Of course, such fast responses leave very little time for stakeholder consultation — and it’s worth speculating whether consultation could have anticipated and avoided some unintended consequences that have contributed to rapidly increasing house prices, building supply shortages, building company collapses, and inflation.
Perhaps in the future, we’ll see governments and organizations explore ways to quickly mobilize stakeholders and conduct effective and meaningful consultation, while maintaining an appropriate response to the situation.
Education Frameworks and Policies
Stakeholder consultation in the education sector is important to ensure that government and institution policies consider a range of perspectives.
For instance, when Australia’s eSafety Commissioner was charged with developing a national framework for online safety education, this was developed based on a two-stage process that included stakeholder consultation. Firstly, evidence from eight different sources were reviewed to create a foundation for the framework that addressed key elements and effective practices. Secondly, the group conducted individual interviews with online safety experts, and held focus groups with stakeholders that represented school-sector organizations and children’s advocacy groups. Although the framework has been released, people are still invited to contribute feedback via an online survey to share how they are using the framework.
In a number of jurisdictions, schools and policy makers have recently held discussions around school-based sex education for children — what content is beneficial and at what age? By consulting with a range of stakeholders (parents, young people, teachers, child psychologists, child safety experts, religious groups, etc.), policy decision makers can gain a more complete picture of the various issues and concerns.
One study in the UK looked at five research sources and conducted stakeholder consultation to identify what makes sex and relationship education effective, acceptable, sustainable, and able to be implemented. Along with other findings, they discovered that school-based programs and health services could effectively improve sexual health, and that there’s consensus that good programs start in elementary school. These findings can be used as a basis for scheduling sex education programs in future.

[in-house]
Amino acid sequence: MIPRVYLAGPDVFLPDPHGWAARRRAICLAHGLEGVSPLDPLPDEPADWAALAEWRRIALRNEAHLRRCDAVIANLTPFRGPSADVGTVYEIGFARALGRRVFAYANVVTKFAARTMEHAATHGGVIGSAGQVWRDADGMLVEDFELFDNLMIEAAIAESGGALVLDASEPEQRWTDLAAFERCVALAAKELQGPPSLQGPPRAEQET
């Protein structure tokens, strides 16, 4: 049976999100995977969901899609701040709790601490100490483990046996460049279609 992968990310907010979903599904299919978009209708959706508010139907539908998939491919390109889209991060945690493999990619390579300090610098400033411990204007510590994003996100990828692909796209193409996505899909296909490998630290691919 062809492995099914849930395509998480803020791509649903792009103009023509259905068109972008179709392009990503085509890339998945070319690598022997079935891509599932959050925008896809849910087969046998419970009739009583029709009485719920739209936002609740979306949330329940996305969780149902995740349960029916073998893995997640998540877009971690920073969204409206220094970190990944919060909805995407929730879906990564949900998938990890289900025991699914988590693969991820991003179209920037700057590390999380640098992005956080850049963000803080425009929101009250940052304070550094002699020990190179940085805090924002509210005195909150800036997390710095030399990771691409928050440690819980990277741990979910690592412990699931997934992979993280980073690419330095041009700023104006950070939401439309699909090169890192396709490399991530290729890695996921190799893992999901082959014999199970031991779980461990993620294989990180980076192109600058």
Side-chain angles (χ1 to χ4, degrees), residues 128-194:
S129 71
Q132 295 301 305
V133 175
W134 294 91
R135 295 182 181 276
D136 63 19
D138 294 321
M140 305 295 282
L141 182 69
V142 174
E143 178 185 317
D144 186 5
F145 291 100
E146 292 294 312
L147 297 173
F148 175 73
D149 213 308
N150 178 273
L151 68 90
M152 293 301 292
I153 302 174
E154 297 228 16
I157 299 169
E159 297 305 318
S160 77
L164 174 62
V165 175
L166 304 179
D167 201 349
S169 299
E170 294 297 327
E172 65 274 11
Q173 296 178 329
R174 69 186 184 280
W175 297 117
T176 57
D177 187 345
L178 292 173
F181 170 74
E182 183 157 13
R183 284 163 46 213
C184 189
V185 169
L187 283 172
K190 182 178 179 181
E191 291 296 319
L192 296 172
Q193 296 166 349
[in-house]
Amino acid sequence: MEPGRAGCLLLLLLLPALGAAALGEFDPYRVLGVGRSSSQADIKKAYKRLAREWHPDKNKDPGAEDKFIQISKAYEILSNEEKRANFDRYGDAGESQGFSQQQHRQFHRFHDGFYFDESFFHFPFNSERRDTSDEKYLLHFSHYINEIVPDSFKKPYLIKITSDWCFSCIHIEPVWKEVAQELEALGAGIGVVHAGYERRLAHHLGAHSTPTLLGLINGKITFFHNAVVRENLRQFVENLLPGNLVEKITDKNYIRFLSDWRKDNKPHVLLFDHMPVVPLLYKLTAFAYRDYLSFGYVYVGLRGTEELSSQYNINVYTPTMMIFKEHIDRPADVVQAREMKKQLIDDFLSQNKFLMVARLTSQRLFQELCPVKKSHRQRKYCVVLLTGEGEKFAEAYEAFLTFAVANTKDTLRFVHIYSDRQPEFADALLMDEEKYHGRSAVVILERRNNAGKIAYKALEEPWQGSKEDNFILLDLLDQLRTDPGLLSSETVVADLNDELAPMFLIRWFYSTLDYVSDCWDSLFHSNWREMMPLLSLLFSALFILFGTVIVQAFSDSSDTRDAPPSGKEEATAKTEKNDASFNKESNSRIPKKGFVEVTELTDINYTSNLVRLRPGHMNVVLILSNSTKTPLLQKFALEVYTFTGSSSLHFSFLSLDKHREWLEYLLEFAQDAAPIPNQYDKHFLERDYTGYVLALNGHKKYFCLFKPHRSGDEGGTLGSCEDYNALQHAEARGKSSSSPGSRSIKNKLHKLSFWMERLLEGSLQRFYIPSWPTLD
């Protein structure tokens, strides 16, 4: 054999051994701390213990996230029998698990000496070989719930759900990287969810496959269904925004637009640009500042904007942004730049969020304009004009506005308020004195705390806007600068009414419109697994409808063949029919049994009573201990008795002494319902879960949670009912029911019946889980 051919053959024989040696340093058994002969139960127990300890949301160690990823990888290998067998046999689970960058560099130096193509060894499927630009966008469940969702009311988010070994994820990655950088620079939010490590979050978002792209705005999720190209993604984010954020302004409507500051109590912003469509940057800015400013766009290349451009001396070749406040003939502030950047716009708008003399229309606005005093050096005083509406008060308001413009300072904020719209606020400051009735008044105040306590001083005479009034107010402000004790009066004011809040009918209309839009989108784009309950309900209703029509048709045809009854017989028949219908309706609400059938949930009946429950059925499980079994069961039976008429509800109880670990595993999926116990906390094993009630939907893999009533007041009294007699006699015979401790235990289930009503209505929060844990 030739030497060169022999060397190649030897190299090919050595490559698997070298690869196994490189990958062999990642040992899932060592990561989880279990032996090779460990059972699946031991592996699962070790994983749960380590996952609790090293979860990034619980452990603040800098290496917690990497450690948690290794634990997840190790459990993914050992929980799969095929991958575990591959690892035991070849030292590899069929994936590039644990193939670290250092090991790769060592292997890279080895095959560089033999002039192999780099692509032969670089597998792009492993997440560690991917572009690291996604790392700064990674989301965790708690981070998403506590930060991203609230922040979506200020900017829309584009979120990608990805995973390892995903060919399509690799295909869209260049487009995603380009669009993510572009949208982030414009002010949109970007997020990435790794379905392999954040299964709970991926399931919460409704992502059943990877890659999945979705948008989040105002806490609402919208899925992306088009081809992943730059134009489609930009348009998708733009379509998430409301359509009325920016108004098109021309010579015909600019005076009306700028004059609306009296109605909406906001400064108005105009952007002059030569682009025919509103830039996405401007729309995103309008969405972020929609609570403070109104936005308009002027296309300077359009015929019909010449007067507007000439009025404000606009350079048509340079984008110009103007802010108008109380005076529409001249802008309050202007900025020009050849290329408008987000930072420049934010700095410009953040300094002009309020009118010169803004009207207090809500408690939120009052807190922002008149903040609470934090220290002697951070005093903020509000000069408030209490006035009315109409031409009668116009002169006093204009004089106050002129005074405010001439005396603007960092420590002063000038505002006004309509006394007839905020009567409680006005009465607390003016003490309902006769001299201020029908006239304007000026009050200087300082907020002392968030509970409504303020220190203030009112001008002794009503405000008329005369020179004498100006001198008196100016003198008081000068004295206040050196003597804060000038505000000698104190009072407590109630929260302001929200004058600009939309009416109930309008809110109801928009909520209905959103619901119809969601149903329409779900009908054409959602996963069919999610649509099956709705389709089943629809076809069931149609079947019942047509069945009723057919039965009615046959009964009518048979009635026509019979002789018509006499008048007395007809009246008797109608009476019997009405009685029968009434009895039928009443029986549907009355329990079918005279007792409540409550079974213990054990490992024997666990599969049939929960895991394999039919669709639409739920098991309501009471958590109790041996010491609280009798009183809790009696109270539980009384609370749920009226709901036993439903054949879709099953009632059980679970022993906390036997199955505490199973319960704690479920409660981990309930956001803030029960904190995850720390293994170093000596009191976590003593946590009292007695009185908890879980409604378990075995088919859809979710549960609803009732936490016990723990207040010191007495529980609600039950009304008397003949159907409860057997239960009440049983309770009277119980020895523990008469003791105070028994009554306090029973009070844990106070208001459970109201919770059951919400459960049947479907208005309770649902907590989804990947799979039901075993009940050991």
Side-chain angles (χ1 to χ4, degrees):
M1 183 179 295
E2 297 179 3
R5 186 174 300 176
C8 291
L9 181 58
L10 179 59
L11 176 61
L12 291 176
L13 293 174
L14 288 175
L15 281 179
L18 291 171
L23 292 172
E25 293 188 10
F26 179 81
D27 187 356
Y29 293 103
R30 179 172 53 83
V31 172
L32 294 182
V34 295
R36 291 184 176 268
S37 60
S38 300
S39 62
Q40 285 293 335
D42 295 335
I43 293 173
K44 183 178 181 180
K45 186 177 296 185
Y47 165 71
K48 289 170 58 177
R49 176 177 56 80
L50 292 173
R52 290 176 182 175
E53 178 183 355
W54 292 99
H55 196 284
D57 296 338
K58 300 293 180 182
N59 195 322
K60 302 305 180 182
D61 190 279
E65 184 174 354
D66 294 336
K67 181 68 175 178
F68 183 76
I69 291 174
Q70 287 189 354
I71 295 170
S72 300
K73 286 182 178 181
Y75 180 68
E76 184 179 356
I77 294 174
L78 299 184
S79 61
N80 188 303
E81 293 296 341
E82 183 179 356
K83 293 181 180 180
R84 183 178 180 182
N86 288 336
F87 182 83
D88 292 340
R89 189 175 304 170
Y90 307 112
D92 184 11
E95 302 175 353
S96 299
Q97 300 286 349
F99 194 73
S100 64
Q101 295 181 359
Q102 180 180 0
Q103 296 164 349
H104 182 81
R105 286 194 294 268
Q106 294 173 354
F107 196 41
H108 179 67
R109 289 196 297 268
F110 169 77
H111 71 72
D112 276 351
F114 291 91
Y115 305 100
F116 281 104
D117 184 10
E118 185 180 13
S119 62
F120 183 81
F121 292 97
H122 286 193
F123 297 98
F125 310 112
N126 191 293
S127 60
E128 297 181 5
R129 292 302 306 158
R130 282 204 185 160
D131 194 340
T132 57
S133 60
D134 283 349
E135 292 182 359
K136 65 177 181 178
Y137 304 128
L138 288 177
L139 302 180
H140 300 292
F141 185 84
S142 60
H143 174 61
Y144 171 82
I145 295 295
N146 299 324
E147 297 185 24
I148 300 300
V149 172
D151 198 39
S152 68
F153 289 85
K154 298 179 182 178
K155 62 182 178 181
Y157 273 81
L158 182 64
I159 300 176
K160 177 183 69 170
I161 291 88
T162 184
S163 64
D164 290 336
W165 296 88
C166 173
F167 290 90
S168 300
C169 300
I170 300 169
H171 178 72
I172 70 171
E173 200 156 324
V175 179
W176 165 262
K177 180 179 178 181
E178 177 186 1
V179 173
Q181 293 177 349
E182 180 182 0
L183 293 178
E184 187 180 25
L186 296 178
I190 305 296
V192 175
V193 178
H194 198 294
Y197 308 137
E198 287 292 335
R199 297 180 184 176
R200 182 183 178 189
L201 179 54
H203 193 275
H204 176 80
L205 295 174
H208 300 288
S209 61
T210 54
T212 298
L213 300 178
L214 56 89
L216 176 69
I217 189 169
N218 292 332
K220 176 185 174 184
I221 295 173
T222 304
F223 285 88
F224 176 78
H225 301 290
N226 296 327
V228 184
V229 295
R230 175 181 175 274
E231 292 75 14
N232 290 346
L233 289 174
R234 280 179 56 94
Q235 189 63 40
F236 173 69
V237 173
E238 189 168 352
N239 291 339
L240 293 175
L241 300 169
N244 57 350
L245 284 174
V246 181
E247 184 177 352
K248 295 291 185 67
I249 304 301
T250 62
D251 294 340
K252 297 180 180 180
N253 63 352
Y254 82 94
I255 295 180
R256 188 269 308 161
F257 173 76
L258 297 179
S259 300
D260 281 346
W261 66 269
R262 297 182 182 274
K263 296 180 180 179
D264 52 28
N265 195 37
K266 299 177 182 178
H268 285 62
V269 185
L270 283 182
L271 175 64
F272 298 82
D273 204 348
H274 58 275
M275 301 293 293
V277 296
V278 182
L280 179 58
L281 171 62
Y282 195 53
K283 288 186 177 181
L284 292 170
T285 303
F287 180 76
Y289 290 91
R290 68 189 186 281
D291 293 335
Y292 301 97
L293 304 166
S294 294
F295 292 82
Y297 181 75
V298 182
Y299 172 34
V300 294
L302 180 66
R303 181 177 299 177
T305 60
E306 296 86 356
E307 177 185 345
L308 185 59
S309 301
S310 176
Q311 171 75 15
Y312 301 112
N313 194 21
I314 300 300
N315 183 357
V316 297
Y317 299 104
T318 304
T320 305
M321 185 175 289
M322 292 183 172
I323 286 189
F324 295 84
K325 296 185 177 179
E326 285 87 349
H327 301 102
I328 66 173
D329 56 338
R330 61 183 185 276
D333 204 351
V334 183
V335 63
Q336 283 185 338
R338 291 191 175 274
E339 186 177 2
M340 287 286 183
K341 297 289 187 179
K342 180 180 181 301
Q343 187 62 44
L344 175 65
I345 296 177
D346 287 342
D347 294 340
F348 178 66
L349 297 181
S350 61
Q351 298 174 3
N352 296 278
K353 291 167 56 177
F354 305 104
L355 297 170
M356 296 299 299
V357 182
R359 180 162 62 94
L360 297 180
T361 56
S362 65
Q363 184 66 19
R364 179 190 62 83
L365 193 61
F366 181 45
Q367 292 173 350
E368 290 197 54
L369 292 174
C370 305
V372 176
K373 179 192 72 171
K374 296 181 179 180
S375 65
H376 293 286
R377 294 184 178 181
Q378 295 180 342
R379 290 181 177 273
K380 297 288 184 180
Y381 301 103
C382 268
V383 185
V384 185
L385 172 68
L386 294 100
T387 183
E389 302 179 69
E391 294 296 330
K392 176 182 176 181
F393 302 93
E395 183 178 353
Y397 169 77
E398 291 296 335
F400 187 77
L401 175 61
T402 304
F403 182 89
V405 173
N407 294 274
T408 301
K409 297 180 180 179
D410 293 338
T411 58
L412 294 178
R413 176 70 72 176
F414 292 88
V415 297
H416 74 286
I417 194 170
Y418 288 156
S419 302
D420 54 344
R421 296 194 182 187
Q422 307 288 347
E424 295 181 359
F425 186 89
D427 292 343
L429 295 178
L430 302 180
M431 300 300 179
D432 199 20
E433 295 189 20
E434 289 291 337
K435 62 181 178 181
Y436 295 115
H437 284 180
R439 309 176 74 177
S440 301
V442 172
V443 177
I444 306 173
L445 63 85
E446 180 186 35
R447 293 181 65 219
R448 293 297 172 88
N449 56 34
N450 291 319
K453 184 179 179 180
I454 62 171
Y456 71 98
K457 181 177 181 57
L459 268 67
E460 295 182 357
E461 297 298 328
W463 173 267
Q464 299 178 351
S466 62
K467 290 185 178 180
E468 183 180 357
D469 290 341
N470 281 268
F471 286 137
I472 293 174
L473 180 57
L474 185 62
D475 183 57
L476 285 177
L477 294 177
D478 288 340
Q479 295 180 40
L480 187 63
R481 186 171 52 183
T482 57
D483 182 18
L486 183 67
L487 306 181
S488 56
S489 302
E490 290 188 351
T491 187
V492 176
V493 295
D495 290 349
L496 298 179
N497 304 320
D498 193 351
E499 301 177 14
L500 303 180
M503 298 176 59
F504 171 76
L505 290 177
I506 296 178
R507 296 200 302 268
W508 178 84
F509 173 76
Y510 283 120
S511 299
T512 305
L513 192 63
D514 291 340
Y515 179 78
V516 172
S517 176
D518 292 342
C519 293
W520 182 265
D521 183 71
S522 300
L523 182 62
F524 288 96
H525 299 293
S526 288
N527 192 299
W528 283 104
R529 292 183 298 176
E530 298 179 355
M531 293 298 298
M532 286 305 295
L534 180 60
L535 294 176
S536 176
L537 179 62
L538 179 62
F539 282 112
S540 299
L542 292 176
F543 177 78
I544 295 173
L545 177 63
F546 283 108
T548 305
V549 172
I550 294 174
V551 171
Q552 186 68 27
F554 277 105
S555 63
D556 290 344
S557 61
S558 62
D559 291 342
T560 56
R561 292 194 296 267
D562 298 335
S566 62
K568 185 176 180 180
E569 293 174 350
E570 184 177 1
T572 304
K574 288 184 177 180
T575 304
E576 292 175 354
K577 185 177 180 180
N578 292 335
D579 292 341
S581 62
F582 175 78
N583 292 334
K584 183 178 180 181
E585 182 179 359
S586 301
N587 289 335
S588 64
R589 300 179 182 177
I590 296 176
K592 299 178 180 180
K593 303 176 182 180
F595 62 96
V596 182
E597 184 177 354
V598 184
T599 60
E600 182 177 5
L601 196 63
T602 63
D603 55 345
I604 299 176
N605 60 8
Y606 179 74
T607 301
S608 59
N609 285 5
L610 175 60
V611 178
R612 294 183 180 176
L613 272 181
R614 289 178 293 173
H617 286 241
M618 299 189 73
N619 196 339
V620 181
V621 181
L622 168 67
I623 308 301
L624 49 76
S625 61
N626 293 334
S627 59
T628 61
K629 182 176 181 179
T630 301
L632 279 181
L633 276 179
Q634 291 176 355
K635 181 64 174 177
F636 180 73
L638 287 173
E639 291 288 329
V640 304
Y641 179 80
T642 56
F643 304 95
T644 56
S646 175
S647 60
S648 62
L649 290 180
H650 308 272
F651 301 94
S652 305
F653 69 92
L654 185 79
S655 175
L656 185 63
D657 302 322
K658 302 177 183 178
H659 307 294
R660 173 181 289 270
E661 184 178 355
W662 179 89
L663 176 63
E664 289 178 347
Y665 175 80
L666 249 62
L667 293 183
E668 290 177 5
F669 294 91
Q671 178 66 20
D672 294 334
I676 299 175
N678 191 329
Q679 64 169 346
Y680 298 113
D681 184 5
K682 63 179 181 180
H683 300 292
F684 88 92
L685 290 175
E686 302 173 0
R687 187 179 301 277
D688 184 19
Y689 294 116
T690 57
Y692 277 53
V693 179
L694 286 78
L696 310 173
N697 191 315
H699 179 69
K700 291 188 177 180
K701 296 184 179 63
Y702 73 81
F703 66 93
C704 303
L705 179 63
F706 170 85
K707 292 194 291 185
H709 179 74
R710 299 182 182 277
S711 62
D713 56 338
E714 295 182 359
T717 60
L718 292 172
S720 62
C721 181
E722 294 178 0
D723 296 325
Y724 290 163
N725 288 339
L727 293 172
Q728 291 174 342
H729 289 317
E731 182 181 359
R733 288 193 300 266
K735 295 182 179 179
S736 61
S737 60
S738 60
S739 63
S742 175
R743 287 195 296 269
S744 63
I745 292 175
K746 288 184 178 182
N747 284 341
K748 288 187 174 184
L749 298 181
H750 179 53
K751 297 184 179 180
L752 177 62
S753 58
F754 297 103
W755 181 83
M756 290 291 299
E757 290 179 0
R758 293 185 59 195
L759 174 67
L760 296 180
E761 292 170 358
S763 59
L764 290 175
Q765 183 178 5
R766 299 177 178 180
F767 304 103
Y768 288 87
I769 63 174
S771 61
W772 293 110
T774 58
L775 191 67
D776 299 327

Finally, COVID-19 brought about significant impacts for the education sector, and a number of policy changes. Lockdowns impacted schools and higher education providers, and impacts on stakeholders were not felt equally. For instance, impacts were often greater on disabled students, international students, indigenous students, and students from poorer households. In future, better stakeholder consultation (even in fast-evolving situations) would ensure that policies are more inclusive and fair.
When designing or updating policies to protect the environment, stakeholder consultation (with relevant groups) is important to consider a range of perspectives and potential consequences. Without proper consultation, there’s a greater chance of introducing environmentally harmful policies and approvals — and eroding public trust.
A literature review found that stakeholder perceptions play an important role in describing complex, socio-economic tipping points that can be used to inform climate policy. For example, stakeholders were able to share the impacts of issues like the collapse of winter sports tourism, migration due to sea level rise, and farmland abandonment.
In many jurisdictions, environmental agencies are increasingly engaging with indigenous people to understand their impact and coordinate efforts. For example, the United States Environmental Protection Agency has specific policies for how they consult and coordinate with Indian Tribes. And Australia’s Environment Protection and Biodiversity Conservation Act (EPBC), recognizes the important role indigenous people play in conservation, biodiversity, and sustainable use of resources, with clear guidelines to engage early with indigenous stakeholders.
Want to learn more about stakeholder engagement and consultation in policy making? Take a look at the following related resources:
Policy Consultation & the Importance of Stakeholders [Blog]
Or contact our team to find out how the Simply Stakeholders platform can support your policy consultation process.